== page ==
Monday 23 Jul 2018 | 15:53 | SYDNEY
Monday 23 Jul 2018 | 15:53 | SYDNEY

Threat perceptions


Malcolm Cook

6 May 2010 07:49

In preparation for the Nuclear Security Summit in Washington DC last month, the Pew Centre polled people in 47 countries about the greatest dangers facing the world today.

There are some really interesting differences across countries and regions. The 'spread of nukes' topped the list in the United States, Turkey, Jordan and Israel, while the Northeast Asian troika of Japan, South Korea and the People’s Republic of China were united in their grave concern for pollution and the environment. These three neighbours were the most worried out of the 47 countries polled, even more than the Swedes. The PRC's results though are a bit skewed by the fact that it was the only country to ban the question about the danger of ethnic and religious hatred.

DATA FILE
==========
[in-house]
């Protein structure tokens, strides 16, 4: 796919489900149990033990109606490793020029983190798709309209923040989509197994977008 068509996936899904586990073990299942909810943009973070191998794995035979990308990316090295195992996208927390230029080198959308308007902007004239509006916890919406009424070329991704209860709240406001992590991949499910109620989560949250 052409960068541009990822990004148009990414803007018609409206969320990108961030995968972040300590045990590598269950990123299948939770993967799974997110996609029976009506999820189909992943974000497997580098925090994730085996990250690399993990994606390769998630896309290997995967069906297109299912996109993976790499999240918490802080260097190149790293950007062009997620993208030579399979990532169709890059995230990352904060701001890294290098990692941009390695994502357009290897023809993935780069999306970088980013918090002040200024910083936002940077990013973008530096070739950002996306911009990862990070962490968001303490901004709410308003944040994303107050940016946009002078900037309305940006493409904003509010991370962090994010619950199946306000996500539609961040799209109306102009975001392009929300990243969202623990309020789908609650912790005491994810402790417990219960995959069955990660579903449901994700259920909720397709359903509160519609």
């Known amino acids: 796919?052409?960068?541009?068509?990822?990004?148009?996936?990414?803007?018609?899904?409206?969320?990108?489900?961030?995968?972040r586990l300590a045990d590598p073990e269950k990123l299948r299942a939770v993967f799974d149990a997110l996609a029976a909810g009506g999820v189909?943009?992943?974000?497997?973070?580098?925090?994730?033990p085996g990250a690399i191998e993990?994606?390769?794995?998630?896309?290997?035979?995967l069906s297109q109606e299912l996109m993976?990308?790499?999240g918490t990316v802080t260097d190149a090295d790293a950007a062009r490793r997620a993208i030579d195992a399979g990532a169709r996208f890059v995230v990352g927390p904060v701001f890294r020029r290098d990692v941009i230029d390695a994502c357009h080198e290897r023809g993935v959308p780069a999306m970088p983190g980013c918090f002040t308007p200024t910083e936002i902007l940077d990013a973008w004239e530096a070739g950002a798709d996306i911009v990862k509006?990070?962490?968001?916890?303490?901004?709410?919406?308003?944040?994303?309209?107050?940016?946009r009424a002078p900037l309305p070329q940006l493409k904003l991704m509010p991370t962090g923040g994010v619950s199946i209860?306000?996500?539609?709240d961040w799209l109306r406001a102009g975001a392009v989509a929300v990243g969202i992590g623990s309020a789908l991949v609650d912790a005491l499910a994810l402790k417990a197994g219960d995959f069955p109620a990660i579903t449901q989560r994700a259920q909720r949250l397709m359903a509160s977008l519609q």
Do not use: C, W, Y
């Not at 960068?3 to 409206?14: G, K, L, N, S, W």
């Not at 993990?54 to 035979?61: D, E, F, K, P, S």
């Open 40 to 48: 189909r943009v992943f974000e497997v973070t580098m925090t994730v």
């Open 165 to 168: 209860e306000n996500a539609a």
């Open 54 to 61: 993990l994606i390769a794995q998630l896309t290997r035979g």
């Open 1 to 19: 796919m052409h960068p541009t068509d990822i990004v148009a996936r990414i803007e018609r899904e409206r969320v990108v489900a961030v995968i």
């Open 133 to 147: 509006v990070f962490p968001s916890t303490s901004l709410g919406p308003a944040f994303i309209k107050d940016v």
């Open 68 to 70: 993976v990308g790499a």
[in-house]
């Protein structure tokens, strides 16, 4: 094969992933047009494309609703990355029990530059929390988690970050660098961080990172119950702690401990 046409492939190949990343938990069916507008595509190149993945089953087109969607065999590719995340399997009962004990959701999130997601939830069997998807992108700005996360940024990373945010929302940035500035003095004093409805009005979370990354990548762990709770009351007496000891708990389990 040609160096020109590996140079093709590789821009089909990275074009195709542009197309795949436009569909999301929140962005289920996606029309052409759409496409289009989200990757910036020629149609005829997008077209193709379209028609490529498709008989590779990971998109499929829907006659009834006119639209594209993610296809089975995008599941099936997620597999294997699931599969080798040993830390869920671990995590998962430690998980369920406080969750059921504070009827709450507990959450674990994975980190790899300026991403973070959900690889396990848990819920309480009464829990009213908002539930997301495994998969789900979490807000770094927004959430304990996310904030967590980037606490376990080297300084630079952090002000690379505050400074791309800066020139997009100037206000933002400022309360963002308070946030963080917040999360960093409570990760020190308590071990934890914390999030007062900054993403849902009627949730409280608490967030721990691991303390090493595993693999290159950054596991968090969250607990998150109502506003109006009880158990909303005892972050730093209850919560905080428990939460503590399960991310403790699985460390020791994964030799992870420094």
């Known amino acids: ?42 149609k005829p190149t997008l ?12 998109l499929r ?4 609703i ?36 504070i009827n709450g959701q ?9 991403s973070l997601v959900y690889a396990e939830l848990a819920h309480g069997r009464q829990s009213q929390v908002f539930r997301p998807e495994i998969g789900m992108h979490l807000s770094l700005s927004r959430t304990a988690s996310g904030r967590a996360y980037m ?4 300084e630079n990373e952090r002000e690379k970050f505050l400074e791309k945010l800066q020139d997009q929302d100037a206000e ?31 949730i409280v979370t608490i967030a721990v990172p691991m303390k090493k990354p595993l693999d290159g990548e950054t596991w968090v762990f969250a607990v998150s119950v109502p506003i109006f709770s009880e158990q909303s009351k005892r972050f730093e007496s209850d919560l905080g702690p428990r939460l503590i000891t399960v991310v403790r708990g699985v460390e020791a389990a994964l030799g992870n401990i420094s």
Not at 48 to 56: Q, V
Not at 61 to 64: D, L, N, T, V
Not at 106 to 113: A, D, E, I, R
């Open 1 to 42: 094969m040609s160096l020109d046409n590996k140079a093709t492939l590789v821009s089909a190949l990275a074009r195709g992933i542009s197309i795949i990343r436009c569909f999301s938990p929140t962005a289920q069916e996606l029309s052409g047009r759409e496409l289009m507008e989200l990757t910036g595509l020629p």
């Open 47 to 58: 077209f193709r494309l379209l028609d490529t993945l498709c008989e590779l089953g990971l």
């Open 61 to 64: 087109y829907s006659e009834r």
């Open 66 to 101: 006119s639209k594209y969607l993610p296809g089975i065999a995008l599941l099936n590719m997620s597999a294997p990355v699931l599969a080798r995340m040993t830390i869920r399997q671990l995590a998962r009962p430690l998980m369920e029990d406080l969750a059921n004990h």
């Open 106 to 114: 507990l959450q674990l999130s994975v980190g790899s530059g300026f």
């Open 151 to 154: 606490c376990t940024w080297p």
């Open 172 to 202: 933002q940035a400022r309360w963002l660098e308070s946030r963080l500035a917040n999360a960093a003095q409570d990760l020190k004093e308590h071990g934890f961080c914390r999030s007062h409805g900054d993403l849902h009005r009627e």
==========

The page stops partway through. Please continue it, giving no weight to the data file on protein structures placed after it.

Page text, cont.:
The timing and number of countries polled has a nice irony for Australia. We were not in the 47 countries polled by Pew, and Australia was one of the eight out of 47 national delegations at the Summit not to be led by their national leader.

Filling in for Pew, the 2009 Lowy Poll showed that when it came to perceived threats to Australia we had more in common with the United States and Israel. 69% of Australians felt that unfriendly countries gaining nuclear weapons was a critical threat, while only 52% opted for global warming (down from 66% the year before).

The Lowy Institute's own polling inside the PRC about threats to their own country is consistent with the Pew poll results. 76% of respondents to this Lowy poll felt environmental issues like climate change were a threat to China's security over the next decade. 58% plumped for internal separatists in China while only 52% opted for nuclear weapons held by other governments.

Photo by Flickr user KOREA.NET - Official page of the Republic of Korea's photostream, used under a Creative Commons licence.